We live in a suburb that is half an hour's walk into the heart of the city and about a 15-minute bus ride. It's a commuters' dream. Drive in from the burbs first thing in the morning, park up all day and either walk or bus to your inner-city workplace.
We also lived next door to a college for budding hippies until the college was sold six months ago. The courses in aromatherapy and massage and the like were very popular so we had lots of lovely chilled people coming and going from the street.
And since we first moved here, our little shopping village has transformed, with people from all over Auckland coming for the bars and the hairdressers and the organic food store and the natural fibre babywear. Which means that there has always been and continues to be pressure on parking in the street. We're okay. We have two off-street parks. So we've never had to park a million miles away and trudge back to the house, cursing all the visitors from West Auckland and Glenfield.
But we have plenty of people parking on the verge outside our house – and it sets my teeth on edge when I see a car parked up on the grass. Not because I'm possessive about the grass strip outside our place or because I think people are taking liberties but because we have the most beautiful old trees in our street and I'm worried that every time a car parks on the roots of the tree, it reduces the life of it exponentially.
The trees have cost us a small fortune – when the tree roots interfere with your old clay sewerage pipes, it tests your love and commitment to their continued existence. But they were here long before us and hopefully they'll be here for years after we're gone and they're so beautiful in spring, forming a gorgeous green canopy the length of the street, I can even forgive them a five-figure fix-it job for the pipes.
I have a connection with the lovely old tree outside our house and I want to protect it from people looking for a free park. If one of our parks is vacant, I'll always offer to let people use it. They've been very good about leaving when they say they will so I'll keep offering. But I really would prefer it if people kept off the grass.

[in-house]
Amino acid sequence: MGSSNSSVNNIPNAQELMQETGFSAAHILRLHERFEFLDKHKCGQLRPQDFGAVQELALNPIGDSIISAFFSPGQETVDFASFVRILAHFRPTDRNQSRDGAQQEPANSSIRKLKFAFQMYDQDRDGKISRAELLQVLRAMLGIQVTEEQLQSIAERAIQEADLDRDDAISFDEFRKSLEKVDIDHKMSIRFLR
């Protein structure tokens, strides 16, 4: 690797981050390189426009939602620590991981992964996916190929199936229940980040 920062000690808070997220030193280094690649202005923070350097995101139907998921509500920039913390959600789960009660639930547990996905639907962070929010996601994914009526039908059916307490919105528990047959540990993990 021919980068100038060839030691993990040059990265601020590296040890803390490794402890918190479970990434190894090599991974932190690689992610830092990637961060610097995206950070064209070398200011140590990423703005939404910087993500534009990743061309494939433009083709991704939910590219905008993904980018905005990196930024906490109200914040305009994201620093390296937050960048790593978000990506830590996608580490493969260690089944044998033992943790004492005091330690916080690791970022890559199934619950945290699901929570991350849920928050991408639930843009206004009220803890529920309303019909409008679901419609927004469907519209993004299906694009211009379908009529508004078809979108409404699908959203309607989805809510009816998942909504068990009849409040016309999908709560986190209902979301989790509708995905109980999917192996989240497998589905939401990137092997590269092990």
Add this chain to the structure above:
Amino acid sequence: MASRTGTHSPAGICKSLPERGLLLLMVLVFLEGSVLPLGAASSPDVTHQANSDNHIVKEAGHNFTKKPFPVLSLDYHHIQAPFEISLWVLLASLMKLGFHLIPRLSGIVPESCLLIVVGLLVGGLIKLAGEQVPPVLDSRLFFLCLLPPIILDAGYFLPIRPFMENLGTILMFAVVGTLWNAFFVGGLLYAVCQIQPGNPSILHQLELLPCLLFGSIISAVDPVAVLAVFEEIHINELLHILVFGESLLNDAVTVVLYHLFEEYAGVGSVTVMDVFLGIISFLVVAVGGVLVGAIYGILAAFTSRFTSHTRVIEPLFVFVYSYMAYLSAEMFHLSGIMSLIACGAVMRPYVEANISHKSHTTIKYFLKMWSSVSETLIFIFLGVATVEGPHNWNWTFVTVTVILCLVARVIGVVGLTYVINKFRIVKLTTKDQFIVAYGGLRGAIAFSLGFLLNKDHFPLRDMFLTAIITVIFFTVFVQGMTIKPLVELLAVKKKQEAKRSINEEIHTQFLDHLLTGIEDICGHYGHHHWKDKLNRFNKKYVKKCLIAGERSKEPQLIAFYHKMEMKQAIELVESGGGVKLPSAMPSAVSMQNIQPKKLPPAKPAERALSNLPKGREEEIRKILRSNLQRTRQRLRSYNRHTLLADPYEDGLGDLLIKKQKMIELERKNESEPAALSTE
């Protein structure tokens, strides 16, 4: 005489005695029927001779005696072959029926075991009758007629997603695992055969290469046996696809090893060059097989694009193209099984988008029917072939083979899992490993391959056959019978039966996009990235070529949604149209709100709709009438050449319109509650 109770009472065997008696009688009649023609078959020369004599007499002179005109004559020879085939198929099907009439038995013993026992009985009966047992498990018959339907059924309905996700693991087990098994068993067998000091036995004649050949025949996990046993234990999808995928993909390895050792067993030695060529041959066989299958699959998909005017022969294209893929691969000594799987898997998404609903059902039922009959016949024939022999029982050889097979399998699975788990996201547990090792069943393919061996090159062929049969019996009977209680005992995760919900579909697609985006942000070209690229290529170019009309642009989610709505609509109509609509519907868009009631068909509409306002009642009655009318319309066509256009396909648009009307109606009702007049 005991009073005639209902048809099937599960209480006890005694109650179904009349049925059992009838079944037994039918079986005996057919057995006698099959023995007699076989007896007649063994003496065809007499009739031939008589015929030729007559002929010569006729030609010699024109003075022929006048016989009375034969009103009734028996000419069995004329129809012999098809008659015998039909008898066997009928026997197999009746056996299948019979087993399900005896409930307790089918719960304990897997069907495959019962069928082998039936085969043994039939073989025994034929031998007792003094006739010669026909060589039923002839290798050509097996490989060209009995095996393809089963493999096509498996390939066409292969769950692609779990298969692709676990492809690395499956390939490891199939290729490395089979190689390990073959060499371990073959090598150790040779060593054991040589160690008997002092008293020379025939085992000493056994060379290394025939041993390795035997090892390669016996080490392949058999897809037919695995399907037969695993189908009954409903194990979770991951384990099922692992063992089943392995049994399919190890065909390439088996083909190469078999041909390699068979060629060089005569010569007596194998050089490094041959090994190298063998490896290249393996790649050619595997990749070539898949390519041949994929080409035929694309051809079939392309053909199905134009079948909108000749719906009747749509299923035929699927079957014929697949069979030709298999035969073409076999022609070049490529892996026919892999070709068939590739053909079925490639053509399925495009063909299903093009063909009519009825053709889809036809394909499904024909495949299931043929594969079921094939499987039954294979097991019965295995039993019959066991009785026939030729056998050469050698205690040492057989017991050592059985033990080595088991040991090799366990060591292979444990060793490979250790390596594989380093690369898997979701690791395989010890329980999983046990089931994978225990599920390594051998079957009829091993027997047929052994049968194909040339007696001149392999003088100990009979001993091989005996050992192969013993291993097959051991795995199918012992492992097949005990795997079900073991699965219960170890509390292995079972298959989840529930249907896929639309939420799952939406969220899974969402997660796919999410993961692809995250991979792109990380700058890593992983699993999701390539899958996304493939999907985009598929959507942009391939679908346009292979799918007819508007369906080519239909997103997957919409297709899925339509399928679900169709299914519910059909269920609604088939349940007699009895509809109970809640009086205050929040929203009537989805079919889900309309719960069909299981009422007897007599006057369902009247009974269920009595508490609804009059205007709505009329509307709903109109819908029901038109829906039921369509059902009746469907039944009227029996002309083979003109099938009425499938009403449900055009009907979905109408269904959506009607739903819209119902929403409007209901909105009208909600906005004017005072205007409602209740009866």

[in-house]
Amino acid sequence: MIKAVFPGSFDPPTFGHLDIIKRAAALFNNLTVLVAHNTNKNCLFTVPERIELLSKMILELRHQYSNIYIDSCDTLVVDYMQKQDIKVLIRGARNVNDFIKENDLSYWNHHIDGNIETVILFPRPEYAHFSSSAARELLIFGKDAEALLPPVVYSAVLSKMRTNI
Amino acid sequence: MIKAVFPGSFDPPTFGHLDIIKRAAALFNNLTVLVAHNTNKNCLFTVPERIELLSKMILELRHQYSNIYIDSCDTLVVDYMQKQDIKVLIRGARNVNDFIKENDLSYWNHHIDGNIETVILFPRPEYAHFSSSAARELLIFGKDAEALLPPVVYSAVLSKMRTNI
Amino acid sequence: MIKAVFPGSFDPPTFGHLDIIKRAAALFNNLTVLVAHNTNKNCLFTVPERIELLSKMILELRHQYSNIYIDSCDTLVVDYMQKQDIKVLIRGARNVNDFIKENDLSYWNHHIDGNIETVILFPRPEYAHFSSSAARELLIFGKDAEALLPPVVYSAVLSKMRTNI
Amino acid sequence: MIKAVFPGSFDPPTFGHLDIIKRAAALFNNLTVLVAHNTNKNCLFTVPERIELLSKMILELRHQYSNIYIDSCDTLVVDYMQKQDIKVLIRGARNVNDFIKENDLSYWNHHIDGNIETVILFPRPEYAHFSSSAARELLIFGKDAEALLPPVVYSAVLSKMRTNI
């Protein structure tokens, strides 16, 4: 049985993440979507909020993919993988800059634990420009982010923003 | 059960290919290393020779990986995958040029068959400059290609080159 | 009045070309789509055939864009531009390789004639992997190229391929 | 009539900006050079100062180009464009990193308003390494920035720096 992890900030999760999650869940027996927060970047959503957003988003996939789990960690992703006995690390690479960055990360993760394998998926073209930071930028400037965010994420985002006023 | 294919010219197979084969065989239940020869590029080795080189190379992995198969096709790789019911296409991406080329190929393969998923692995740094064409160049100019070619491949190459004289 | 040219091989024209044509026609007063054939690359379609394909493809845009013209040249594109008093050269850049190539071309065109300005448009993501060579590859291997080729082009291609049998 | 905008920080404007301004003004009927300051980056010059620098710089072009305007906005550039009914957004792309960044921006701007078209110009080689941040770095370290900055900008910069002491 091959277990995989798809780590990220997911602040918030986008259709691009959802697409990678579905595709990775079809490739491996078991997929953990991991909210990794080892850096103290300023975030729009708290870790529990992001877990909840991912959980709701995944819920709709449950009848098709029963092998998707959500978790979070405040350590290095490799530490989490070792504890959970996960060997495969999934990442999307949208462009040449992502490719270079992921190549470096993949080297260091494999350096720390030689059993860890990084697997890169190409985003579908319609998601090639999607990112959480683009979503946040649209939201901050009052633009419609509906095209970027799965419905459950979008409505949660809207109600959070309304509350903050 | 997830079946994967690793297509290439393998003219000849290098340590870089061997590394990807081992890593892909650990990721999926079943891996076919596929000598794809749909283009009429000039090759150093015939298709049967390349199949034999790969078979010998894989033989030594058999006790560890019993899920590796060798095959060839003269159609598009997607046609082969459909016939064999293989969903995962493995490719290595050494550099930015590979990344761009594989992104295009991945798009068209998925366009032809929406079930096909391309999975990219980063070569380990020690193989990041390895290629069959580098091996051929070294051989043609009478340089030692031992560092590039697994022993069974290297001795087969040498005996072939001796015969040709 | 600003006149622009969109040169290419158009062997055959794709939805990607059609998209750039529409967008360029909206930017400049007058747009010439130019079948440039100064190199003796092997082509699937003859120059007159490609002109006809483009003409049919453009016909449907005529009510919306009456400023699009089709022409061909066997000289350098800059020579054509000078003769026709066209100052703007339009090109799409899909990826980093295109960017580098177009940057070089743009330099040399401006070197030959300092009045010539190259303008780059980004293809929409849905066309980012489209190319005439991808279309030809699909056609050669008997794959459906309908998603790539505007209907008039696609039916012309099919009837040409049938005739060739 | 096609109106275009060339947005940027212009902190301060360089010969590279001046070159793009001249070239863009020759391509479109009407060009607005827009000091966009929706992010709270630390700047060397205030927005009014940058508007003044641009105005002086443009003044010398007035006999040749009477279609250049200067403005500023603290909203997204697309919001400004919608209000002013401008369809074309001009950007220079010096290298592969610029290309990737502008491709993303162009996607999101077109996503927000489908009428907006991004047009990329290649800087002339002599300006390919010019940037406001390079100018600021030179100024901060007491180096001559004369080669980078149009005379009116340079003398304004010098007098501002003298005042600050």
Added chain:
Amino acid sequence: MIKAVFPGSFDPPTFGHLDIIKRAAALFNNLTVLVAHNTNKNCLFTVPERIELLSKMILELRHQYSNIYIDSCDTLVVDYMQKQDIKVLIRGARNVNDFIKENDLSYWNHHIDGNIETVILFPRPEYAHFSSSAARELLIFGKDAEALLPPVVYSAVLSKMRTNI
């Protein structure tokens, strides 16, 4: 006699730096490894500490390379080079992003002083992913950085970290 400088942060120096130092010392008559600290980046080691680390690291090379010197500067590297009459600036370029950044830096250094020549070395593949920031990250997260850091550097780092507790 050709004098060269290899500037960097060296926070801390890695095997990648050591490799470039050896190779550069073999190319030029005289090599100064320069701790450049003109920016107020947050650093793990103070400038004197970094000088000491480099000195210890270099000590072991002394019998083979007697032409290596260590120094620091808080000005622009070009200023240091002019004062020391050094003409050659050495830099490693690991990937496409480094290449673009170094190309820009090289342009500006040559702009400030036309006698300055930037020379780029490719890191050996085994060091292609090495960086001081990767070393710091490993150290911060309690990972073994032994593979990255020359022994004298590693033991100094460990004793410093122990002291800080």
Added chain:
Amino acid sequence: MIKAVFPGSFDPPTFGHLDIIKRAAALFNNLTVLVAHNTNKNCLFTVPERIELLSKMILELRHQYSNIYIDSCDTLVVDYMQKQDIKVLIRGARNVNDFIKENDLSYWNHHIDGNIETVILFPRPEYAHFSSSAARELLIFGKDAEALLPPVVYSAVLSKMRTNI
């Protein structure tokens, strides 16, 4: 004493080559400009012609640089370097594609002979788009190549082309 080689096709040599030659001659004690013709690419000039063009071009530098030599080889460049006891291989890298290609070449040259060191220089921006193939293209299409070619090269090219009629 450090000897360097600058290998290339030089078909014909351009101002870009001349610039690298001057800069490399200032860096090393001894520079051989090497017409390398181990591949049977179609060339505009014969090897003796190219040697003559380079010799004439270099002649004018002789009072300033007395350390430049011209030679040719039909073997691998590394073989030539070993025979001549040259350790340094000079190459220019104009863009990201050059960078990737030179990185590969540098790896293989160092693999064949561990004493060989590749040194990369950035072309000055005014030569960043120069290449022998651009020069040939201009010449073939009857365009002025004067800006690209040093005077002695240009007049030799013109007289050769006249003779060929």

I haven't got to the stage of leaving passive aggressive notes under the windscreen wiper of the offending vehicles because I know how hard it is to get from A to B in this city and I don't want to add to anybody's stress. The "hey man, live and let live" vibe from the hippie college must have permeated my consciousness during the time we were neighbours.
But when I heard that Auckland Transport wants a law change allowing it to fine people for parking on grass roadside berms, a little bit of me cheered inside. AT's Traffic Bylaw actually prohibits parking on verges. But the Land Transport Act rules mean "no parking" signs must be installed every 100m to enforce the ban, which is an absolute nonsense.
Auckland Council is looking for the rest of the country's 78 councils at this weekend's Local Government New Zealand conference to lobby the Ministry of Transport for a law change. While I'm all for discouraging people from parking on tree roots, I can understand why others who have completely clear verges outside their homes, might want to make the most of them.
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After all, the council has told home owners that they are now responsible for the care and the maintenance of the jolly things. They can't have their cake and eat it too. And while more and more people have been crammed into the city, very little thought has been given on how best to provide for the increasing population – including the provision of car parks. And I suspect that by making it even more difficult to find a place to park, it's another attempt to get us out of our cars and into public transport or onto the cycleways.
I think AT needs to take this on a case-by-case, street-by-street basis even if they do get the law changed. And just for a change, work with ratepayers rather than seeing them as perennial cash cows.